We need politicians like LePage to just do their jobs

It seems like every time I check headlines or listen to the news, there are stories about jobs. People losing jobs, people not getting paid for their jobs, and people not being able to make ends meet while working at jobs.

Even the news about lower unemployment rates is tinged with qualifiers about the rate itself not being the whole story about how our economy is still lagging. There’s the under-employed and those who have completely fallen off the face of the measurable job market since the recession.

But then there are all the headlines about politicians not wanting to do their jobs, but wanting to keep their jobs and get paid anyway. Anyone think there’s a correlation between the two sets of headlines?

Of course Kim Davis of Kentucky and her stand against issuing same-sex marriage licenses is the story of the minute, but there doesn’t seem to be a shortage of them on the state or national level. Let’s start with a Congress that for two budget cycles in a row is incapable of producing a budget in a timely fashion. Last time it led to a costly shutdown, and one is looming again.

The best we can hope for is a short-term fix that leads to a repeat of the whole expensive affair in a few months. I’d like to think assembling a budget is among the most important basic tasks we expect our Congress to do. In employment terms, the budget is an essential job requirement not being met.

As it is for our state legislature, which faced similar struggles leading to questionable tactics regarding our state budget in the first half of the 127th session.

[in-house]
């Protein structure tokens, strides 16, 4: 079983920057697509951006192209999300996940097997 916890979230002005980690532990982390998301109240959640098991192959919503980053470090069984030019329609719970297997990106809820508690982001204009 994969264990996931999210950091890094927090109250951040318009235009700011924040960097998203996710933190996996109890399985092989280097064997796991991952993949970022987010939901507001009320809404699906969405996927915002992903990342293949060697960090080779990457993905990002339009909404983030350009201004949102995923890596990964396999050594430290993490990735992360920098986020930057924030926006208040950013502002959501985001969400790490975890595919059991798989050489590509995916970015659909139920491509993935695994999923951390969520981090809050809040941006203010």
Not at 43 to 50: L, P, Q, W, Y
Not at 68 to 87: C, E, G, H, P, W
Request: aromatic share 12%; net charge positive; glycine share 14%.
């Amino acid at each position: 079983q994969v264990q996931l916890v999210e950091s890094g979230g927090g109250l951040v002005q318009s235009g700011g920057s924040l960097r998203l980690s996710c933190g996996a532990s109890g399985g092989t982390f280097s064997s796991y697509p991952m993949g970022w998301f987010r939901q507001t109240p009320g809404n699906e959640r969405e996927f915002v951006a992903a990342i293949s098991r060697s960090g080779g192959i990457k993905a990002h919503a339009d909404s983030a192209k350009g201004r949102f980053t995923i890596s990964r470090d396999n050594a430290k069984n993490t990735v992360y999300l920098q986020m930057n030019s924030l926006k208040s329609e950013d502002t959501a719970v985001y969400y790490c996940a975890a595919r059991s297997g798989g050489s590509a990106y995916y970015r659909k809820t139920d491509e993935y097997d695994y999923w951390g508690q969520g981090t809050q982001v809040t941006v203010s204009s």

Which brings us to the catalyst for so many of our legislature’s issues: Gov. Paul LePage, perhaps the most honest in the “not doing my job” political trend. He refused to participate with the legislature on the budget process last year and announced he is designating Chief of Staff John McGough to handle them this year.

“And if they need me, they can talk to John, my Chief of Staff, and I will give him the power to do legislating because we have no power up there, it’s that simple.”

The statement is another example of his intent not to do his job. Just like refusing to issue bonds is not doing his job. And not naming replacements to boards and commissions is not doing his job.

Not knowing when to issue vetoes was not doing his job.

The issue of politicians not doing their jobs is a plague on all of our houses, all of our collective ideologies. It’s no wonder so many issues, like quality jobs for the rest of us, stagnate. It needs to change.

In order for more citizens to achieve a more secure quality of life through their jobs, we need our collective of elected officials to be doing theirs.

Patricia Callahan

About Patricia Callahan

Trish is a writer who lives in Augusta. She has worked professionally in education and social services.